I’ve used some version control system such as SVN, and different backup software but all of them have one problem: these complex systems might require quite a lot of work to set up, and it’s quite likely that you’d need technical guidance to get them to work (well, I suppose unless you happen to be an unix geek). That’s why I wanted to try something different. Something simpler that does the job.
The simple version control system
During the last weekend I looked into setting up a very simple backup / version control system, and it took me like 10 minutes to find the necessary information and set everything up. It isn’t the most optimized system to back up stuff, but at least it’s extremely simple and it does what’s it supposed to do: it backs up data and creates versions.
I used the information provided by the LifeHacker simple version control and did some modifications to make it work for me.
Step-by-step guide for setting up a version control system
(I’m using Dead Wake game example here)
- First I created a folder “G:\Dead Wake\versioncontrol” (it’s on my second hard drive)
- Then I created a “versioncontrol.bat” file and put the following code inside it (this all should be in one line):
xcopy “D:\Dead Wake\development” “G:\Dead Wake\versioncontrol\%DATE%” /V /I /S /Y
(This copies my development folder files under the versioncontrol folder, and creates a ‘date’ folder there. Notice that I use the /Y to overwrite files automatically: since I launch this backup script several times a day, but want to store only the latest version for one day, I have made it to overwrite possible files)
- Last but not least, I used the Vista’s Task Scheduler to create a “Dead Wake version control” task: it will launch “versioncontrol.bat” several times a day.
I created 3 triggers and set up it to launch version control “Daily at 10 o’clock”, “Daily at 14 o’clock”, “Daily at 18 o’clock”. (LifeHacker provides information on how to set up scheduled tasks)
And that’s it.
Now the system will automatically backup the project folder three times a day and copy it under the version control folder. It also puts a date, so I can easily see on what date the version was created. If I want to manually launch the backup process, I can simply double click the “versioncontrol.bat” file.
I realize that this isn’t as sophisticated nor optimized system. For example, it would copy only modified files (if you want to do that, then check out “xcopy /?”, there’s help information for that too), but to my needs this is good enough. The files aren’t compressed (zipped), but since I have only like 70 megs of data (and a big harddrive), it’s not a big deal.
On a good side: you don’t need much expertise to set this up, and it’s very quick to run (of course depends how many megs you have) – and you can launch old versionsvery easily (since you don’t need to unzip anything) if needed.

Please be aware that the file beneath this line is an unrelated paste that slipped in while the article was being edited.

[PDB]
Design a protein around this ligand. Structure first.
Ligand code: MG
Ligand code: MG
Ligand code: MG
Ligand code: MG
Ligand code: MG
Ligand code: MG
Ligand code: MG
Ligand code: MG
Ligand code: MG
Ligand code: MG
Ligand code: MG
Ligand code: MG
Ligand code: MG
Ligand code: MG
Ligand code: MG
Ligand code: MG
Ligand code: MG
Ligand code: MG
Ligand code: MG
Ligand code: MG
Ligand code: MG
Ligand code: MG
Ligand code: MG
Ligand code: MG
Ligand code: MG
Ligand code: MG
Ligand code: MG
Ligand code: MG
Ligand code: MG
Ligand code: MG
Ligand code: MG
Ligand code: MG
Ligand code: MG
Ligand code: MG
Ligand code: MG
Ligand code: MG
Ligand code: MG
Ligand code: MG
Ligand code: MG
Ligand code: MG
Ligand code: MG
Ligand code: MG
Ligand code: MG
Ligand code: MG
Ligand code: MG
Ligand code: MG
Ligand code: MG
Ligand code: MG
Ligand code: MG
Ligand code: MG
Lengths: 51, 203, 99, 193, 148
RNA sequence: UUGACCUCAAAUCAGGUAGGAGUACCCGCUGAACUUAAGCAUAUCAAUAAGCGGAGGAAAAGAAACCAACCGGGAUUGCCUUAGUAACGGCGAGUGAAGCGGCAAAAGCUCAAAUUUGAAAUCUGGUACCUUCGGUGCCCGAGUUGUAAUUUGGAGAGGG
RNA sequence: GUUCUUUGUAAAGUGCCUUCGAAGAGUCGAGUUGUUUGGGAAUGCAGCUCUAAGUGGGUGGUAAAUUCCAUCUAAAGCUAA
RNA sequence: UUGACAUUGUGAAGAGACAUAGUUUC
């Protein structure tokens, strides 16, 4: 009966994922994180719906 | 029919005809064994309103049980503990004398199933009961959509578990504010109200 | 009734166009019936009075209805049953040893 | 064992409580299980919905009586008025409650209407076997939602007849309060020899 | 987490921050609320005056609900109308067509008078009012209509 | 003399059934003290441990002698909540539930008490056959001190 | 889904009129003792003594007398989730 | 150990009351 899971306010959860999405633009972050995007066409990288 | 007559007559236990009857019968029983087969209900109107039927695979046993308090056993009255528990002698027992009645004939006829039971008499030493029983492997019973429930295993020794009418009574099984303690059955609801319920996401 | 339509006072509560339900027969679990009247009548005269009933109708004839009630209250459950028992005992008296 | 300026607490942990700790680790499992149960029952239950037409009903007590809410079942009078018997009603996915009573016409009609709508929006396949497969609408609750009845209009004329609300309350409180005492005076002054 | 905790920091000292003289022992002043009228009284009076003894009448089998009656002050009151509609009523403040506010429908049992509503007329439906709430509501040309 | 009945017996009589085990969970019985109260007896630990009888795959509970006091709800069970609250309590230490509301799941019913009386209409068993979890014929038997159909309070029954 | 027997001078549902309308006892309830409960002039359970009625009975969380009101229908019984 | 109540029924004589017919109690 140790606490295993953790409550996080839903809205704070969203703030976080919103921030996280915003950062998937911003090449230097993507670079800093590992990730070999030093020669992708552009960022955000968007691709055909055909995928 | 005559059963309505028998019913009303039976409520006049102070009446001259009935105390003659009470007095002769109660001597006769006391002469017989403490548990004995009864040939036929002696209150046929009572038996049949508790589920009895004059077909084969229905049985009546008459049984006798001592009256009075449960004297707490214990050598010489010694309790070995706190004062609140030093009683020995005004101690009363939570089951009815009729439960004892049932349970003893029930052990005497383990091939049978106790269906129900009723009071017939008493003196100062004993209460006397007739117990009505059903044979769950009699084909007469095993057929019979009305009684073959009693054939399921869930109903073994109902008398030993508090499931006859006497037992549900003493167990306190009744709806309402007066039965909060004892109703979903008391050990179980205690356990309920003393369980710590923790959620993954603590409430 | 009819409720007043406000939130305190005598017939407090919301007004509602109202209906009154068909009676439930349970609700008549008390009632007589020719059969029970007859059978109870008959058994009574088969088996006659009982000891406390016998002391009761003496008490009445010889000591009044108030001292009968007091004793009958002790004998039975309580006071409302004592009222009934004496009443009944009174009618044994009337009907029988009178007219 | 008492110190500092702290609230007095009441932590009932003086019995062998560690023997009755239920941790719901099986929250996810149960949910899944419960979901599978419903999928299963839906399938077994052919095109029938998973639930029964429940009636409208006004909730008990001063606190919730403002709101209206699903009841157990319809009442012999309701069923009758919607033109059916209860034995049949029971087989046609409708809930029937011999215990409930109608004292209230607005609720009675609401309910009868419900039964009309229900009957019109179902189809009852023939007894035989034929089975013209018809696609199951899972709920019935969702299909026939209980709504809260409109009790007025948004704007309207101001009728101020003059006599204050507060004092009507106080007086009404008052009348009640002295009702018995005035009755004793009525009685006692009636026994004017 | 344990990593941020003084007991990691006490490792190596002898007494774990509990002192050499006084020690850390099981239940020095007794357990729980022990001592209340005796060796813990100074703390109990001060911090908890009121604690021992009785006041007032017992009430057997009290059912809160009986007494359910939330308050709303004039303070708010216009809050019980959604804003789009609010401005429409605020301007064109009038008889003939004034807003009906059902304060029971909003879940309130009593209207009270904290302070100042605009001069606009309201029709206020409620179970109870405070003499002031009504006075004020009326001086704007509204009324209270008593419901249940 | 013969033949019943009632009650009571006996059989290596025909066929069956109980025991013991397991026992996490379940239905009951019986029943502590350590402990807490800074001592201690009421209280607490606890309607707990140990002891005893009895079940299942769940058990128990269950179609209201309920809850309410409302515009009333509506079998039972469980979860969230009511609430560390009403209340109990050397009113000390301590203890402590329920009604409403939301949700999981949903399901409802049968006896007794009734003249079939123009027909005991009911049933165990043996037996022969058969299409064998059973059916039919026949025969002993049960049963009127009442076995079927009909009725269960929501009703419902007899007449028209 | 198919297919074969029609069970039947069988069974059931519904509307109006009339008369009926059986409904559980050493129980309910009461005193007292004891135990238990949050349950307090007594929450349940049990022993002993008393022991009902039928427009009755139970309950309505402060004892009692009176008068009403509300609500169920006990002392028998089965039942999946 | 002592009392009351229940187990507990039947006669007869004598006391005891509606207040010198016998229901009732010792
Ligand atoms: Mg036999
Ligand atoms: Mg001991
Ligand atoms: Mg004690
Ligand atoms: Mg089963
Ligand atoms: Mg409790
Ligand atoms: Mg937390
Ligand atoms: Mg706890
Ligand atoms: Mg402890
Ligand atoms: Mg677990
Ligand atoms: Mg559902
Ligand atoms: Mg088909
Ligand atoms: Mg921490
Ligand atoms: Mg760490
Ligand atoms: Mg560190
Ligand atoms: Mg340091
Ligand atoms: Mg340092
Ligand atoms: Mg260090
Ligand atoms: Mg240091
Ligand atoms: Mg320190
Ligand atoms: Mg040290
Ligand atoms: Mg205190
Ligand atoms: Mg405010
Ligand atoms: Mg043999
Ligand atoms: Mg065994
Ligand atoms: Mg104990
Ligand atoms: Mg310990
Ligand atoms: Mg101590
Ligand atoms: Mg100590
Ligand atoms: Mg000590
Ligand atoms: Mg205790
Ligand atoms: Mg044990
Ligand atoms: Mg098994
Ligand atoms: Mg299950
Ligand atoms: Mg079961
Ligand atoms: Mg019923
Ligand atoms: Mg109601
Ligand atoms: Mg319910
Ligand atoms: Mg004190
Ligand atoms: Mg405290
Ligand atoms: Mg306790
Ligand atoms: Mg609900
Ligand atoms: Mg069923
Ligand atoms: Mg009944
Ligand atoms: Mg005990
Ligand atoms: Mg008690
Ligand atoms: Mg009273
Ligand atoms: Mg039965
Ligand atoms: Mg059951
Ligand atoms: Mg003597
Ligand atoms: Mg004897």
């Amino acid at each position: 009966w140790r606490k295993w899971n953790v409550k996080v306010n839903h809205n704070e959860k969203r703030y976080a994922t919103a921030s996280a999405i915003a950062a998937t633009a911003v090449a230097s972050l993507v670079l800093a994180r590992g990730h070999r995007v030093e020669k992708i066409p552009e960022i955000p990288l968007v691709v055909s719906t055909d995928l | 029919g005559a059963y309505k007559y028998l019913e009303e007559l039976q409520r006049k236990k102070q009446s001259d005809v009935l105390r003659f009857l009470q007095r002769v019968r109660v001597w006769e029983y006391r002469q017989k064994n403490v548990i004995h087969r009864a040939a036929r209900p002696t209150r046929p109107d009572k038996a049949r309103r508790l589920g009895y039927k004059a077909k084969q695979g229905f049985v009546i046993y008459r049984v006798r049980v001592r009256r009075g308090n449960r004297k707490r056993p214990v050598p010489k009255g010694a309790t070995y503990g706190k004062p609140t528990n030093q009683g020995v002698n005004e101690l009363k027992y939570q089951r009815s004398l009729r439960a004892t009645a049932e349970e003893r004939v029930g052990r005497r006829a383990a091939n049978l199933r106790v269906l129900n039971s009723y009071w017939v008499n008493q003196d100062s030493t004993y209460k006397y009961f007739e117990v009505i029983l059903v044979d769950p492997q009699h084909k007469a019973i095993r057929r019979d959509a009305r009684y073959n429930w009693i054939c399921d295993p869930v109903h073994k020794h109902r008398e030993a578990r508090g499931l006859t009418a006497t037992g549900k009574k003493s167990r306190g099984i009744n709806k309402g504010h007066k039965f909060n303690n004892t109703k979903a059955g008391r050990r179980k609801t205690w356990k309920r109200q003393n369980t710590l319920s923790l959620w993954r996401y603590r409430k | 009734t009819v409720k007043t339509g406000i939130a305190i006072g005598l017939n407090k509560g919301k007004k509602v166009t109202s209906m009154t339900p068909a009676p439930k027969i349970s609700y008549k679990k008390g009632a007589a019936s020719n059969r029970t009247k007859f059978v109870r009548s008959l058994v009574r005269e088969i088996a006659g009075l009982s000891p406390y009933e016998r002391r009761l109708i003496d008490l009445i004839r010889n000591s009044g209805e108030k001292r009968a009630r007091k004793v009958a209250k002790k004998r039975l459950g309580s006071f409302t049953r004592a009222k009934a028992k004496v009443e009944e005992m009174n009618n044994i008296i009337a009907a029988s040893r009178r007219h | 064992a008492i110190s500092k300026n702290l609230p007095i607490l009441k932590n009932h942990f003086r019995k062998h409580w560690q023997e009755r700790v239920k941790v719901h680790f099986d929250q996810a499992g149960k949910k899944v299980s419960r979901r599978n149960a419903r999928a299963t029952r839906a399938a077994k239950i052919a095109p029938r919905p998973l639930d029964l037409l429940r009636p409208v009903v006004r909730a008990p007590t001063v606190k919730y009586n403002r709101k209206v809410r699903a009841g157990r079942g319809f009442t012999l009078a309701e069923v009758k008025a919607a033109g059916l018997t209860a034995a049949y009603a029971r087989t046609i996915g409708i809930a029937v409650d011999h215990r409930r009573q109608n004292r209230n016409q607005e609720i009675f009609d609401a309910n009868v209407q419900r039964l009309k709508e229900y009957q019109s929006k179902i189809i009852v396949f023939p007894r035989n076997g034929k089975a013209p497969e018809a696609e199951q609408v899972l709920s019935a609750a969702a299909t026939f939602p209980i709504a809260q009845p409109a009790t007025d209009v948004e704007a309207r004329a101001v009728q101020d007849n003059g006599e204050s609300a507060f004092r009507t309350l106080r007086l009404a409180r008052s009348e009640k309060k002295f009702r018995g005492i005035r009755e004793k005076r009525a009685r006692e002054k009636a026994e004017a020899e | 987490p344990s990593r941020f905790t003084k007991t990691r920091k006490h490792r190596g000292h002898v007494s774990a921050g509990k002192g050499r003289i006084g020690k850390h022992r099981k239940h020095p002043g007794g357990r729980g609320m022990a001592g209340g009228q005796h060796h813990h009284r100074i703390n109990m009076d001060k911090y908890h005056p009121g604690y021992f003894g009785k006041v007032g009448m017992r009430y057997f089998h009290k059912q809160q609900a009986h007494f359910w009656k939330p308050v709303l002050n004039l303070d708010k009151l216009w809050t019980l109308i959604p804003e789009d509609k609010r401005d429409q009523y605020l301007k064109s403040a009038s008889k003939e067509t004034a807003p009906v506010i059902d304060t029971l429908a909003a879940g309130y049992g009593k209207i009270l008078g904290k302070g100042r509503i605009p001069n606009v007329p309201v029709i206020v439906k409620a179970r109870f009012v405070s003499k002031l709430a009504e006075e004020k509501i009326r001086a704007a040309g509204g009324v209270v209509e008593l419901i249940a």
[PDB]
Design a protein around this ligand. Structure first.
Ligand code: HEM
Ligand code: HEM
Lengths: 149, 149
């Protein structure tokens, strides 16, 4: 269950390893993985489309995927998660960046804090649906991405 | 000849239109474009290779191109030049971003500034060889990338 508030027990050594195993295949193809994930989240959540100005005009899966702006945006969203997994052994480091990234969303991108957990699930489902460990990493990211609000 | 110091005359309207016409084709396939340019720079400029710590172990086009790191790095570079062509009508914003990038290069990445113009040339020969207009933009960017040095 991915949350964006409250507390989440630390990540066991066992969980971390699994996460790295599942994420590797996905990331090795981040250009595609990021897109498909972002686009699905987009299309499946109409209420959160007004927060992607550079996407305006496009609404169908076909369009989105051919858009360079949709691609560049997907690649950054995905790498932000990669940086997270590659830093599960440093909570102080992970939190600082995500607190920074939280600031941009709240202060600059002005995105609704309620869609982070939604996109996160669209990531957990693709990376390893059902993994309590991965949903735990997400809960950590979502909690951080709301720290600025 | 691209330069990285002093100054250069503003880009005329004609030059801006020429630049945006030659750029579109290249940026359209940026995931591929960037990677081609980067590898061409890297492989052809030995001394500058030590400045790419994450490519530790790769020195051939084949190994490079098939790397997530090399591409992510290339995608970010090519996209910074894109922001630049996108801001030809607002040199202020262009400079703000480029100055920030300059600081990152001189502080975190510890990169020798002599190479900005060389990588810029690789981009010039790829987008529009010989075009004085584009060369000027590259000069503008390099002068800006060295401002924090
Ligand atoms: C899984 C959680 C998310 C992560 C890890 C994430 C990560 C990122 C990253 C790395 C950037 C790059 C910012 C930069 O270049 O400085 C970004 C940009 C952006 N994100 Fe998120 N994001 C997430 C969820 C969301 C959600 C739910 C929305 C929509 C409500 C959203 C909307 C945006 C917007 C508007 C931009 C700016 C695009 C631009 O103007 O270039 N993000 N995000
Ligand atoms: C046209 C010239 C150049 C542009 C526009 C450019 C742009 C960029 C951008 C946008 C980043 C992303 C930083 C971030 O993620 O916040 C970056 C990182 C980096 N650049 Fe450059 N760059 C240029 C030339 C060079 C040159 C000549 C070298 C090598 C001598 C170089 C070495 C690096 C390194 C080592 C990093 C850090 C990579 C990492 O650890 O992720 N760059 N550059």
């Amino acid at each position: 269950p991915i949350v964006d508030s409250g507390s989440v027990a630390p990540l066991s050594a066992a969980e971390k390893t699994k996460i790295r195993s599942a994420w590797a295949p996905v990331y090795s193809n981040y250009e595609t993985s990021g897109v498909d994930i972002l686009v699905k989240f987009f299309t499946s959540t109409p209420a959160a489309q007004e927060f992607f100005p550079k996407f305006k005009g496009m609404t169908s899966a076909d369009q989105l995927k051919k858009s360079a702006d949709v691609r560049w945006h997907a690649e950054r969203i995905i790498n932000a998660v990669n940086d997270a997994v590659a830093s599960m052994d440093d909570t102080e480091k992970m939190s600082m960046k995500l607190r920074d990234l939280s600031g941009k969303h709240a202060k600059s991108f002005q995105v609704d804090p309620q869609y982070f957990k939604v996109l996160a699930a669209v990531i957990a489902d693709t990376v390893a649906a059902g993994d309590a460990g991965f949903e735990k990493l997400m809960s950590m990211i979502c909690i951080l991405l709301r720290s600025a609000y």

Simplicity & easy of use in backing up data were my goals, and if you want to do something more sophisticated & optimized, then you gotta look from somewhere else.
If you don’t want a daily data, you can also use something like: (in the “versioncontrol.bat”)
xcopy “D:\Somestuff\” “G:\Somestuff Backup” /V /I /S /Y
This would copy everything under “D:\Somestuff\” folder to “G:\Somestuff Backup”. Notice, it wouldn’t create “date” folder, so it would be merely a one-time backup of your existing data. This can be useful for bigger amount of data, but this system would benefit from “copy only changed files” type of solution.
This way, the ‘mirror’ wouldn’t become too big. (Imagine if you copy 100 gigs of stuff, just to notice couple of days later that your harddrive got filled since there was so much data).
Anyway, this can be a good way to backup data that doesn’t change so often (unlike your current projects).
Word of warning
I think this system is as simple as it can get, but if you don’t know what you are doing, then be careful with the data folder sources and destinations, and do an alternative backup of your product files first (zip everything for example). You don’t want to overwrite your original stuff. Make some test folder backup first to see it actually works. I won’t be taking blame if you manage to overwrite your project files when setting up this backup system.
It shouldn’t happen, but I just want to make sure we know what we are doing here.
Thanks to LifeHacker.com for the helpful tips.
Update: Tip from Toni for compressing files:
I did make something similar but I added a command-line compressor because them files tend to add up fairly quickly. I used 7-Zip cmdline version.
Here’s instructions on how to get 7-Zip command line version working